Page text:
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Channeling late ’70s bands like the Jam and the Beat, D.C.’s Modest Proposal was a fixture of the city’s early-’80s mod and ska scenes, and the group performed for several years before disbanding in 1986. The few songs it committed to vinyl, on several singles and compilations, are charming, catchy examples of a movement that—with its a blend of punk and the R&B-inflected rock of Small Faces and the Who—never quite took hold but inspired countless later bands. OK, so Modest Proposal’s name didn’t quite amount to a Swiftian act of wit, but at least it’s slightly less obvious than the Mods. Modest Proposal—led by WTOP reporter Neal Augenstein—performs tomorrow at Comet Ping Pong with another reunited mod act, the Reply. The show is sold out.

More genre-identifying band names after the jump, including classic ska, acid-caked funk, and syrupy power-pop!

The Skatalites: You’d think the two-tone motifs and ratchety guitars would be adequate signifiers, but apparently ska bands really feel the need to self-identify—think names like Mephiskapheles, Bim Skala Bim, andSkankin’ Pickle. There’s really no reason to single out the Skatalites, other than that the band was one of Jamaica’s most popular ska bands of the 1960s, and that it’s been making music, in various incarnations, ever since.

Funkadelic: To be fair, there’s also no shortage of funk bands with “funk” in their names (counterexample: MOR rockers Grand Funk Railroad). None are better than Funkadelic, the acid-caked sister group of George Clinton’s more single-friendly Parliament. The “-delic” was as important as the “funk”: The songs on the group’s best album, Maggot Brain, are druggy, genre-bending portraits of a dystopia where misery’s no excuse not to party. Plus: If your favorite blogs pointed you to the buzzy New York duo Sleigh Bells recently, you should know that the guitar sample in “Ring Ring” is from Funkadelic’s “Can You Get to That.”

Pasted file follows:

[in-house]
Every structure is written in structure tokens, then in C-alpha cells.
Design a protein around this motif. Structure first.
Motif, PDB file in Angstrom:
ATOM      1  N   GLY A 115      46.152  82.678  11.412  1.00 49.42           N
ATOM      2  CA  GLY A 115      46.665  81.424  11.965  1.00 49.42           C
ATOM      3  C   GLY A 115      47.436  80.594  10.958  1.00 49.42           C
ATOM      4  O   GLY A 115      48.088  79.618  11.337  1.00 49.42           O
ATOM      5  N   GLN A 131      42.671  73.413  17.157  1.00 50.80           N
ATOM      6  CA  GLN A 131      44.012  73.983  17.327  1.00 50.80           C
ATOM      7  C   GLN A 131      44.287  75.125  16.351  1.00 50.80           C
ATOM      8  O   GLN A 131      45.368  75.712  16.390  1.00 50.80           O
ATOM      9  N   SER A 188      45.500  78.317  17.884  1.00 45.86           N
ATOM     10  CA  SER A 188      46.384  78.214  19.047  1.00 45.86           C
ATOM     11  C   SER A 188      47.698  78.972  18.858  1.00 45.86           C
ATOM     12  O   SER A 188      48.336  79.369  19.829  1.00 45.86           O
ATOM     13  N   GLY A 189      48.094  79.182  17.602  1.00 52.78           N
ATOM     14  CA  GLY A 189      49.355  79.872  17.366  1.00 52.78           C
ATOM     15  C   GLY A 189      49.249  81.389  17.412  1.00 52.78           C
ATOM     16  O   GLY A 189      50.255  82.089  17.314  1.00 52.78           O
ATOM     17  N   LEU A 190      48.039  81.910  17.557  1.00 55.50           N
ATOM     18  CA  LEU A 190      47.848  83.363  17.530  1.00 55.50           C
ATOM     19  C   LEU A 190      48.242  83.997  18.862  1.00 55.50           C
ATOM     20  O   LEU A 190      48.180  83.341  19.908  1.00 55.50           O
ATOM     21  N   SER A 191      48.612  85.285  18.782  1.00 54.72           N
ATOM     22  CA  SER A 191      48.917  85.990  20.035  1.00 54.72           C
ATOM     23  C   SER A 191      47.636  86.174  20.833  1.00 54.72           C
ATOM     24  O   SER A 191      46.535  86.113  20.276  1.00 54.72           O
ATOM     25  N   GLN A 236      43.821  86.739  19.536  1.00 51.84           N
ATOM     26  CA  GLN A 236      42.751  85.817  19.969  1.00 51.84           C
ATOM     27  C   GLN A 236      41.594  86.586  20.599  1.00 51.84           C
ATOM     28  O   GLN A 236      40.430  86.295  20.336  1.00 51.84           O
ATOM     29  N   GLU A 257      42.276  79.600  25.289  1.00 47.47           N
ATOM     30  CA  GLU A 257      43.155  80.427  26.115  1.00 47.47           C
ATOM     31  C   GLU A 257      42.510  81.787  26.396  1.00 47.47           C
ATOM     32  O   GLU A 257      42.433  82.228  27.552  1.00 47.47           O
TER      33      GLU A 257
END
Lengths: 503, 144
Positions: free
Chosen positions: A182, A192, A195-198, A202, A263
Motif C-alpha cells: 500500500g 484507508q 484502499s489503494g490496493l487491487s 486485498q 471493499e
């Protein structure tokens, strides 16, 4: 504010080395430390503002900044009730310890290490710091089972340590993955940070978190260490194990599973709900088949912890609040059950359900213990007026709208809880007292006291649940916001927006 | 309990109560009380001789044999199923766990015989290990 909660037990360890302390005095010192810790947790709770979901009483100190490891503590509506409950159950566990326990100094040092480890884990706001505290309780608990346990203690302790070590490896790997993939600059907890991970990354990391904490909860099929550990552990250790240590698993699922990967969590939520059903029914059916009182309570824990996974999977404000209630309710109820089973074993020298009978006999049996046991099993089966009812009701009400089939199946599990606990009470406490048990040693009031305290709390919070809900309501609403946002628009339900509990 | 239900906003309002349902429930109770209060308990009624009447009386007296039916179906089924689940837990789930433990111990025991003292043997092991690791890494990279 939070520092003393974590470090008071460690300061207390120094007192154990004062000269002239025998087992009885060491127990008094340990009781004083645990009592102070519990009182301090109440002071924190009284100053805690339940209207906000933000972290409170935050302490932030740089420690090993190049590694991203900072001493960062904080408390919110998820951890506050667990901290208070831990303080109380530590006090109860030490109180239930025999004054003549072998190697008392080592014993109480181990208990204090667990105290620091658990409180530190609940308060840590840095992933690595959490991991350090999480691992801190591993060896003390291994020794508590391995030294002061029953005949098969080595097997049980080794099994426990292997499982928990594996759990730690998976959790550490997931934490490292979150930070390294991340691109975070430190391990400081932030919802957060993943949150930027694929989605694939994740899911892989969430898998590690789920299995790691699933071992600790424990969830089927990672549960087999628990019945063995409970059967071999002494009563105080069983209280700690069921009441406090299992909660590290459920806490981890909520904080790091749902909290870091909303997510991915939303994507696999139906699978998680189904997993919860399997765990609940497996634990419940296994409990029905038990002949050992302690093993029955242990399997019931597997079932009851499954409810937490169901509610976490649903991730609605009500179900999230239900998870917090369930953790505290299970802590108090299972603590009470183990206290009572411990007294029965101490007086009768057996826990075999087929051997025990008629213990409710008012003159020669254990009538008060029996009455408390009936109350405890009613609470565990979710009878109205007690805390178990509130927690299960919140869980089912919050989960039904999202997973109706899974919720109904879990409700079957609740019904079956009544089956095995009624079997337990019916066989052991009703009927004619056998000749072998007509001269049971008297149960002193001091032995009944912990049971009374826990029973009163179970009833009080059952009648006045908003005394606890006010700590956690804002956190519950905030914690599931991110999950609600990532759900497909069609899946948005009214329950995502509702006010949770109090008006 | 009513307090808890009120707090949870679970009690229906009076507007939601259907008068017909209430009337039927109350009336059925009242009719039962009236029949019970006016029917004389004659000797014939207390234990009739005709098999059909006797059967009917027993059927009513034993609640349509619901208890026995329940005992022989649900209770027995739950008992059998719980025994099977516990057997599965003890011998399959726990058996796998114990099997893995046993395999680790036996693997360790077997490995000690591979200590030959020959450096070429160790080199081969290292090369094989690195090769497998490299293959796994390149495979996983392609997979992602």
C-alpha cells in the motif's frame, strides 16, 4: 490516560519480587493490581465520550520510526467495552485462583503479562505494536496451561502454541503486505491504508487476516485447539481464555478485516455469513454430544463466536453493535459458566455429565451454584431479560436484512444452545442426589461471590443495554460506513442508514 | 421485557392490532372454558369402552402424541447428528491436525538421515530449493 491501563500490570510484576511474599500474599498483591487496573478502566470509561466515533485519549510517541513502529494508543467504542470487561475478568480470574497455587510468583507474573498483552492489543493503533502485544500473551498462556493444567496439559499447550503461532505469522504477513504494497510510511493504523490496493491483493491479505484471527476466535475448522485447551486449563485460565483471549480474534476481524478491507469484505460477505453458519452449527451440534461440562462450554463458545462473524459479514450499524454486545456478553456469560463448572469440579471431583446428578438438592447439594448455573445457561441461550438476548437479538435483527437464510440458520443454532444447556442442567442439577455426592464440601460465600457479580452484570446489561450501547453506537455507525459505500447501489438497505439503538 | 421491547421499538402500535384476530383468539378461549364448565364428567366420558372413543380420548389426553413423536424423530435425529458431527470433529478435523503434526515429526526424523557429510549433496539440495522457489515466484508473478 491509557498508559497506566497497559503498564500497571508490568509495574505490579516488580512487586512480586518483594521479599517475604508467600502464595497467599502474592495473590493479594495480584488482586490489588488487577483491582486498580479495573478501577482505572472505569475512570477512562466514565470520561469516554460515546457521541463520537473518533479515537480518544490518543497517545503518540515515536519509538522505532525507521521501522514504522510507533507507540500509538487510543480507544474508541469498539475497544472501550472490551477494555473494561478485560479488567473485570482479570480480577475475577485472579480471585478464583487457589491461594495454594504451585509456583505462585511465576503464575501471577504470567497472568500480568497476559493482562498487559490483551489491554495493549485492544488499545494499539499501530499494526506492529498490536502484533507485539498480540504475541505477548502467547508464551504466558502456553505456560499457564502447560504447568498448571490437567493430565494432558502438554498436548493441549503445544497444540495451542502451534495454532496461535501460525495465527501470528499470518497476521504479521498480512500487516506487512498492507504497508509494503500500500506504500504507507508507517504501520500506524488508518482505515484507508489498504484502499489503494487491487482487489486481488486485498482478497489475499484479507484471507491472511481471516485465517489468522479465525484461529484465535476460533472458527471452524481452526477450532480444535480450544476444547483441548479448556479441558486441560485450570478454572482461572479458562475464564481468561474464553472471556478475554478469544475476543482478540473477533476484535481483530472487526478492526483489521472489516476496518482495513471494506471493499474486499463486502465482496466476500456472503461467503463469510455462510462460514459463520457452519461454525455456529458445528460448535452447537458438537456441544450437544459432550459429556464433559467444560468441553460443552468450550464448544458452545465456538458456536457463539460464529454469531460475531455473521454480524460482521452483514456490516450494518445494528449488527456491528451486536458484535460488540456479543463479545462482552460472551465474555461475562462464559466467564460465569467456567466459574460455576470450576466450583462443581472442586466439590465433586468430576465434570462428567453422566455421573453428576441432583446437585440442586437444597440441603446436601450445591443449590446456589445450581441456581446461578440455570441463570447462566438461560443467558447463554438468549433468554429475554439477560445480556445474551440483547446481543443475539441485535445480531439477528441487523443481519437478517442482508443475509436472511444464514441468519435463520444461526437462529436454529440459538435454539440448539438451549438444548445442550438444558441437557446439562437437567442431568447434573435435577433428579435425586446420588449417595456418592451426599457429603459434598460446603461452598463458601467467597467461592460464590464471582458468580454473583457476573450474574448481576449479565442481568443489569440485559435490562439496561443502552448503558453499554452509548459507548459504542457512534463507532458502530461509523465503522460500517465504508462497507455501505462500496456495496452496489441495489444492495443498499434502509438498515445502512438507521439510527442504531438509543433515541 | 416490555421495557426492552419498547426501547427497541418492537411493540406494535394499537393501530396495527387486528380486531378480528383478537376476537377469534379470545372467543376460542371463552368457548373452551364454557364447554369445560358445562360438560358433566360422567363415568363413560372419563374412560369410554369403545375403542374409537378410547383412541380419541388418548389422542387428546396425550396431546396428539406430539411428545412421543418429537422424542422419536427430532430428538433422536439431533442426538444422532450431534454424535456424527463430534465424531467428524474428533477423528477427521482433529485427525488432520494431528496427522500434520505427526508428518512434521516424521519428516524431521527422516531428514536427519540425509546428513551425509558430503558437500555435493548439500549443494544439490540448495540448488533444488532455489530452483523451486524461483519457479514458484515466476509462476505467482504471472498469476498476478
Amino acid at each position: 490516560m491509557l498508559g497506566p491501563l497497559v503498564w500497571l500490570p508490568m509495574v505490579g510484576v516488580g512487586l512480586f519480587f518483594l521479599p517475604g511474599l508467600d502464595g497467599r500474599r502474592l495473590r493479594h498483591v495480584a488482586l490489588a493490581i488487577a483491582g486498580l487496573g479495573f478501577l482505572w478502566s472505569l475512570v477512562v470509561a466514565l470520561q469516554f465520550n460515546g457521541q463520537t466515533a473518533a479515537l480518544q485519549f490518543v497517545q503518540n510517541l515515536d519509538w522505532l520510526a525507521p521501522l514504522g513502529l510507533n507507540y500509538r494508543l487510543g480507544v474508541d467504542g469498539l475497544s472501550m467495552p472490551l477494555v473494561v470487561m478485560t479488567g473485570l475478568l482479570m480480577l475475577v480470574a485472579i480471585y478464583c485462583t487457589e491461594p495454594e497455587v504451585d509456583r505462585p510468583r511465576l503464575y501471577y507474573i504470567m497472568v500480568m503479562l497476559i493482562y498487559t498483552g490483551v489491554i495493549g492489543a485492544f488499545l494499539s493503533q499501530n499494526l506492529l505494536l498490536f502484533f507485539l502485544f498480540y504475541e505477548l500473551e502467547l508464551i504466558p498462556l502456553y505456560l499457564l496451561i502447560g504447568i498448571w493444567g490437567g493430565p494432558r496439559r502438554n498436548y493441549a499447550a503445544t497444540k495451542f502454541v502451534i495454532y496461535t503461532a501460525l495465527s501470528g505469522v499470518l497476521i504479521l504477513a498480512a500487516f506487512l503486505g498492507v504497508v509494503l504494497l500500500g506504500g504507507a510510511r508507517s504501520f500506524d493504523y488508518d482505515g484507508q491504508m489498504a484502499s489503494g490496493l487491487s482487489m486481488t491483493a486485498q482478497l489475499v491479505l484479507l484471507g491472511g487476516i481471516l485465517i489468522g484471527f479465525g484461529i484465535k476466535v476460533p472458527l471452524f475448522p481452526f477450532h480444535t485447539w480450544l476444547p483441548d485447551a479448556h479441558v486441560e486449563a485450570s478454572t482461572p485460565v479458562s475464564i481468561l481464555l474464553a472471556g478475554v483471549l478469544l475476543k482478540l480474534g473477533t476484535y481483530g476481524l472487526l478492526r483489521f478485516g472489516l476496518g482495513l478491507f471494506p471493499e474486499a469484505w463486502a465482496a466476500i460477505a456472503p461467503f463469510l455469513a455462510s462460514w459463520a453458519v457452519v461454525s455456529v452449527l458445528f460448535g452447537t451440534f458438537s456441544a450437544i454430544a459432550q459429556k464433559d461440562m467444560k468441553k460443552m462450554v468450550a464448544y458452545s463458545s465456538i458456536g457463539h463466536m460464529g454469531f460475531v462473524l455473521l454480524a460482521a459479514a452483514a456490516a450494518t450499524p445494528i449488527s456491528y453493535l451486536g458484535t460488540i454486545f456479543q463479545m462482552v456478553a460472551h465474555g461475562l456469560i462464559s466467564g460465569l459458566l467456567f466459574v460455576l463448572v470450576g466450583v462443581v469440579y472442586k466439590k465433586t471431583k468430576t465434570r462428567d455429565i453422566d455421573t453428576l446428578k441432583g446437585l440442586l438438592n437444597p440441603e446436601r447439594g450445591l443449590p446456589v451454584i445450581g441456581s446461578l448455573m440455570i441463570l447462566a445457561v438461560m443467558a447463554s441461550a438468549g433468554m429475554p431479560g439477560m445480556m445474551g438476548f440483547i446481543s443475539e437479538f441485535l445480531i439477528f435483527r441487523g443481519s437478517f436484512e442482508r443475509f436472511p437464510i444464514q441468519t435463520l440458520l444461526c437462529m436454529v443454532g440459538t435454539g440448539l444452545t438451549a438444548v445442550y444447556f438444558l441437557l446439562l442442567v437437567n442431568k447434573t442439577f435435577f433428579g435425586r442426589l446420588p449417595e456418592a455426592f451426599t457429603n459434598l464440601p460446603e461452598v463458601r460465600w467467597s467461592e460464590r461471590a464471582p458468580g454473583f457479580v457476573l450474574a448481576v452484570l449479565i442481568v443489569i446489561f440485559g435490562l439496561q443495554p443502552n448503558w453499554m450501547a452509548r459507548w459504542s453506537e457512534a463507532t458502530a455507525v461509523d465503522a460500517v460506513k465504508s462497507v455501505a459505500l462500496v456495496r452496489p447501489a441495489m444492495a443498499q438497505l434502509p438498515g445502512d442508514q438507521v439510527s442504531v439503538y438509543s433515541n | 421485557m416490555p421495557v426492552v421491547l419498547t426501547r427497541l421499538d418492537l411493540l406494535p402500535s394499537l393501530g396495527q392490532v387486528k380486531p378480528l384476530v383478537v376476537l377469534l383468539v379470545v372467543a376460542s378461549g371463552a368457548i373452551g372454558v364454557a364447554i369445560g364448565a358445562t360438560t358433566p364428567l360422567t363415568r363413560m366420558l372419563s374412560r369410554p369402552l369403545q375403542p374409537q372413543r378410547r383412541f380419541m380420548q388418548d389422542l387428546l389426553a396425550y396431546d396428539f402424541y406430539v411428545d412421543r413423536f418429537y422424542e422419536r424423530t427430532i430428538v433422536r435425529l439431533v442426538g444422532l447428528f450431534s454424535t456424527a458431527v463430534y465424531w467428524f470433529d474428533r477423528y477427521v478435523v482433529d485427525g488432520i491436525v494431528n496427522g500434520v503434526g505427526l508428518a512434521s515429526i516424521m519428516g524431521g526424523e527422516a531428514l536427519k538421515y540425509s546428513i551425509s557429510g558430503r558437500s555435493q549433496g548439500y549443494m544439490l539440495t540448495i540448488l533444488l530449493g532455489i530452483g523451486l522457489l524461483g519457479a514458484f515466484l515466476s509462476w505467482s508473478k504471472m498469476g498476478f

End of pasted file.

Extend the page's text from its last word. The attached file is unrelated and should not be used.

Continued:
Rockpile: Nick Lowe made a career out of smart guitar-pop that often satirized the recording industry, so you have to take the somewhat grating name of his Rockpile project—which often did backing-band duties for Lowe’s solo work—with a grain of salt. Rockpile, despite its knack for writing hummable power-pop hooks, wasn’t trying to rock too hard. Take this song, driven by a nondescript classic-rock riff but built around the lyric, “If sugar was as sweet as you, honey/sugar just couldn’t be bought”:

Metallica: Well, obviously. But the use of Ennio Morricone‘s “Ecstasy of Gold” in this performance in Russia is so metal: